Plato's Phaedrus ends with the myth of Theuth. In this myth writing is offered as a kind of present to King Thamus. The king, who in fact represents Ammon, king of the gods, receives this gift from the demigod Theuth. But it is the king who will give this gift its value in the act of receiving or rejecting it. According to Derrida, '... the value of writing will not be itself, writing will have no value, unless and to the extent that god-the-king approves of it' (Dissemination, p.76).
 Plato understood writing as a sign of a sign, that is, a sign of the spoken word that, in turn, is the sign of a meaning that is expressed. Writing is therefore a two-step representation. It is in the service of logos as the living speech act. Writing is an exteriority that is subsequently added to the inner purity of the concept, the essence, the signified, the soul, the spirit. Since writing can only repeat, it does not add anything essential and could therefore be considered unnecessary. Nevertheless, Plato presents writing as dangerous and threatening. Writing is dangerous because it kills the living meaning and presence of the consciousness to itself; it forms a threat to the inner purity.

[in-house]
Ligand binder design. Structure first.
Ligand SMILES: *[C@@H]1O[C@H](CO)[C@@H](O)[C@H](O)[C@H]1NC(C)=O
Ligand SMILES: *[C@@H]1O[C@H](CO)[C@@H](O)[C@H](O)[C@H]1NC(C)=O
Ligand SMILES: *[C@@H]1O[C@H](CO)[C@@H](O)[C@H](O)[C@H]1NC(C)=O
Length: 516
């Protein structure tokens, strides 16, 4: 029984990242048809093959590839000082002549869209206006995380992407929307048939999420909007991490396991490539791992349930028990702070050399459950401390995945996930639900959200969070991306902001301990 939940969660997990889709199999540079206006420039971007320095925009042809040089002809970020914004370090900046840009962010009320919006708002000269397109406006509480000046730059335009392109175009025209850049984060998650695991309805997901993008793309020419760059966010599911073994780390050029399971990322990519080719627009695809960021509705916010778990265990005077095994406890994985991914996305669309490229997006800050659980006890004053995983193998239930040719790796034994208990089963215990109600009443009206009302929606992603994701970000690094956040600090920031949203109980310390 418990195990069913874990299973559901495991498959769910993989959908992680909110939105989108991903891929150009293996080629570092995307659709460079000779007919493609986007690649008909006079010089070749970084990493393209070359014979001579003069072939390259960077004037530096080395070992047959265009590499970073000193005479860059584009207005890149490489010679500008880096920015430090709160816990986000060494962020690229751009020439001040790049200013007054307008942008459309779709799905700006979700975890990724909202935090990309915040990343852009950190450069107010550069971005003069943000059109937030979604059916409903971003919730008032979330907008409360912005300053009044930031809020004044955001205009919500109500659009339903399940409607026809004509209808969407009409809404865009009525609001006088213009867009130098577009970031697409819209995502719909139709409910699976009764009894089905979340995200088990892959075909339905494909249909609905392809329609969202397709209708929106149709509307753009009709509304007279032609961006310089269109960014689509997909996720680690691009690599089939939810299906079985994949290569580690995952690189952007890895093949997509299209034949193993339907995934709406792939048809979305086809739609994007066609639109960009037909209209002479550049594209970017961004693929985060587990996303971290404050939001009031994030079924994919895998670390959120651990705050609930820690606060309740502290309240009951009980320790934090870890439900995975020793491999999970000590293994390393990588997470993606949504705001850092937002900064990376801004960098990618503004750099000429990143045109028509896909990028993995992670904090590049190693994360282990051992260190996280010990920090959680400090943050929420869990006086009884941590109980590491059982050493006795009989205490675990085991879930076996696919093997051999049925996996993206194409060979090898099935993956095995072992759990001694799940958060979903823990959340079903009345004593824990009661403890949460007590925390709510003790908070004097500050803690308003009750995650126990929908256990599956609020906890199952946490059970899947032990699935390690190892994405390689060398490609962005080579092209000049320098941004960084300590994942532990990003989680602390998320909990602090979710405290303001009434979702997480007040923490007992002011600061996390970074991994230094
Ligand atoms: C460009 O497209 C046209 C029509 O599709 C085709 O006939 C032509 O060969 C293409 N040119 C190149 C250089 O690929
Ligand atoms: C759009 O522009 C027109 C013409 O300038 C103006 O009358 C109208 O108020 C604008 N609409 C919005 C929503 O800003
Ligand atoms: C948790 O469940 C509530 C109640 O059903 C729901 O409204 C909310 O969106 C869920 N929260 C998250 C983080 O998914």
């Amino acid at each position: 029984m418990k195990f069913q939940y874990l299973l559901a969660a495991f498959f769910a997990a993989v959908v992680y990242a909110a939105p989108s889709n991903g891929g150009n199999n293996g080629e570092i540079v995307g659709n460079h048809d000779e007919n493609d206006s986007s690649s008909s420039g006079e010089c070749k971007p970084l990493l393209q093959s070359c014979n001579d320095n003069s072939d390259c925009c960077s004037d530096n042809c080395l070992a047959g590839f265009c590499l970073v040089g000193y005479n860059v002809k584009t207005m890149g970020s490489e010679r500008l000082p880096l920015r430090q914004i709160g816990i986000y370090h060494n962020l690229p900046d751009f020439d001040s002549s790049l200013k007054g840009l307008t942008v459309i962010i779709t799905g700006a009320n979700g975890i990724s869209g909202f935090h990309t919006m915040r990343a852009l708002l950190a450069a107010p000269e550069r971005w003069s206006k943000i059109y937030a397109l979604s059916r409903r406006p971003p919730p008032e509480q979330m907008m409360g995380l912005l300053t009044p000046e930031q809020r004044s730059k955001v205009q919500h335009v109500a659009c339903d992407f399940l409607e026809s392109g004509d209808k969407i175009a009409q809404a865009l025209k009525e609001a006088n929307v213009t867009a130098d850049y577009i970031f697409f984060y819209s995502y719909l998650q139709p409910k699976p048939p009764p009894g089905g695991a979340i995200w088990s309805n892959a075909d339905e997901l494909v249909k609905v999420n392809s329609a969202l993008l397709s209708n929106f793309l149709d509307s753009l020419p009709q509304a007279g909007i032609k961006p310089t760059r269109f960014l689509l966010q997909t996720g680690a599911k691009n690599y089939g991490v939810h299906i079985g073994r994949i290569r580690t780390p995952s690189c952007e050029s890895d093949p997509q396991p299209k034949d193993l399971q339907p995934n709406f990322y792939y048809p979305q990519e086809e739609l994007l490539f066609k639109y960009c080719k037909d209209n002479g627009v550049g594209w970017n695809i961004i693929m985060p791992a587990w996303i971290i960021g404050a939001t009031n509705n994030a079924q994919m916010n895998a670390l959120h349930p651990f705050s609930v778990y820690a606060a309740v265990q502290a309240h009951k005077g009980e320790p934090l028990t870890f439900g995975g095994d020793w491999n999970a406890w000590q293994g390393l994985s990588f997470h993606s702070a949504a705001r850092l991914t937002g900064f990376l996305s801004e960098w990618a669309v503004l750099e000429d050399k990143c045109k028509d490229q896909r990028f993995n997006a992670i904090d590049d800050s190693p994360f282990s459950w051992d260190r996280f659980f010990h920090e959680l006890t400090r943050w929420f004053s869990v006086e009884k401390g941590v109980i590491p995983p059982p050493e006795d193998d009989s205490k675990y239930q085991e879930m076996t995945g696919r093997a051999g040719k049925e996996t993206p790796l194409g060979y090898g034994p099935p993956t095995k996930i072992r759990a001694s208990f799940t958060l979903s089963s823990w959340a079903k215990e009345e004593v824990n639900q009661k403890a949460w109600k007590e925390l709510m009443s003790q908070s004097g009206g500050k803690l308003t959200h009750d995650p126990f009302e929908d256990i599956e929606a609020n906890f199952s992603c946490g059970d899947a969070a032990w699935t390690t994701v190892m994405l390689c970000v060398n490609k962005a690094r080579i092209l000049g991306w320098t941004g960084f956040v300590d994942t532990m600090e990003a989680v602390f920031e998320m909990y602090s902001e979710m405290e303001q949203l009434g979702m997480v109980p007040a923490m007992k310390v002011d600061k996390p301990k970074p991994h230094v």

Derrida draws our attention to the fact that Platonism assigns the origin of logos to the paternal position. The speaking subject can be conceived of as the father of his speech. Speech or logos is his son. The specificity of logos would thus be intimately bound to the presence of the father. Logos is alive because it is inspirited by its father (the one who speaks), who can constantly explicate, supplement, explain, etc. The spoken word is not only positioned opposite writing, it is also considered superior because it is associated with presence, whereas writing may indicate a double absence (of both author and reader). The hierarchical relation that privileges the spoken word to the written word is based in the human desire for presence and origin. Writing is connected with the absence of the father. It is an orphan, a lost son. Writing no longer knows who his father is. On one hand, it escapes and undermines parental authority. On the other hand, it can be attacked, bombarded with unjust approaches. It is open to a multitude of misunderstandings and, in principle, an infinite number of interpretations that only the father could dissipate, thus assisting his son, if he was not absent.